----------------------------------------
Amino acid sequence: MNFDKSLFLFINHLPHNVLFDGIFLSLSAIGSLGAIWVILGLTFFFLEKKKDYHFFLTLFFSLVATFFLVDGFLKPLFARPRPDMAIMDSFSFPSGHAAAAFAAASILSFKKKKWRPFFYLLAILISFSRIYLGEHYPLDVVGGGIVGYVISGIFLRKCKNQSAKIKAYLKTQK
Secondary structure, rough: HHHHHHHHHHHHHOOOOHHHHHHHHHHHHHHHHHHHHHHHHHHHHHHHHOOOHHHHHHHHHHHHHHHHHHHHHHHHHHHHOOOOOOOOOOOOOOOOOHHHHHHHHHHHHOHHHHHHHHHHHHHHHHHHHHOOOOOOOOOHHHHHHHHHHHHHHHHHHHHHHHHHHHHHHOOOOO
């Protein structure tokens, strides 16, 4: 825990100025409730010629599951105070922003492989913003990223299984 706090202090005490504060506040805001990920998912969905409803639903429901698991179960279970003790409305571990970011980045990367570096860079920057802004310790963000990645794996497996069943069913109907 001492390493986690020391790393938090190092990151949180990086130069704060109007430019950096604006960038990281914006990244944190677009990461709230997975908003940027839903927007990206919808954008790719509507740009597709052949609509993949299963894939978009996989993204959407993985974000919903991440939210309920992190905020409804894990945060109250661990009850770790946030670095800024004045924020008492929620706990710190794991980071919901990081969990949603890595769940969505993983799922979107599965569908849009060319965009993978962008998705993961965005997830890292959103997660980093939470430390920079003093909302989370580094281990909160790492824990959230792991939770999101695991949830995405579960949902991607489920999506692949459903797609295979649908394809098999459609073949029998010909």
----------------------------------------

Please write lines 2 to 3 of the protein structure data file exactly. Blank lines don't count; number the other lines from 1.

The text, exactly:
Secondary structure, rough: HHHHHHHHHHHHHOOOOHHHHHHHHHHHHHHHHHHHHHHHHHHHHHHHHOOOHHHHHHHHHHHHHHHHHHHHHHHHHHHHOOOOOOOOOOOOOOOOOHHHHHHHHHHHHOHHHHHHHHHHHHHHHHHHHHOOOOOOOOOHHHHHHHHHHHHHHHHHHHHHHHHHHHHHHOOOOO
């Protein structure tokens, strides 16, 4: 825990100025409730010629599951105070922003492989913003990223299984 706090202090005490504060506040805001990920998912969905409803639903429901698991179960279970003790409305571990970011980045990367570096860079920057802004310790963000990645794996497996069943069913109907 001492390493986690020391790393938090190092990151949180990086130069704060109007430019950096604006960038990281914006990244944190677009990461709230997975908003940027839903927007990206919808954008790719509507740009597709052949609509993949299963894939978009996989993204959407993985974000919903991440939210309920992190905020409804894990945060109250661990009850770790946030670095800024004045924020008492929620706990710190794991980071919901990081969990949603890595769940969505993983799922979107599965569908849009060319965009993978962008998705993961965005997830890292959103997660980093939470430390920079003093909302989370580094281990909160790492824990959230792991939770999101695991949830995405579960949902991607489920999506692949459903797609295979649908394809098999459609073949029998010909």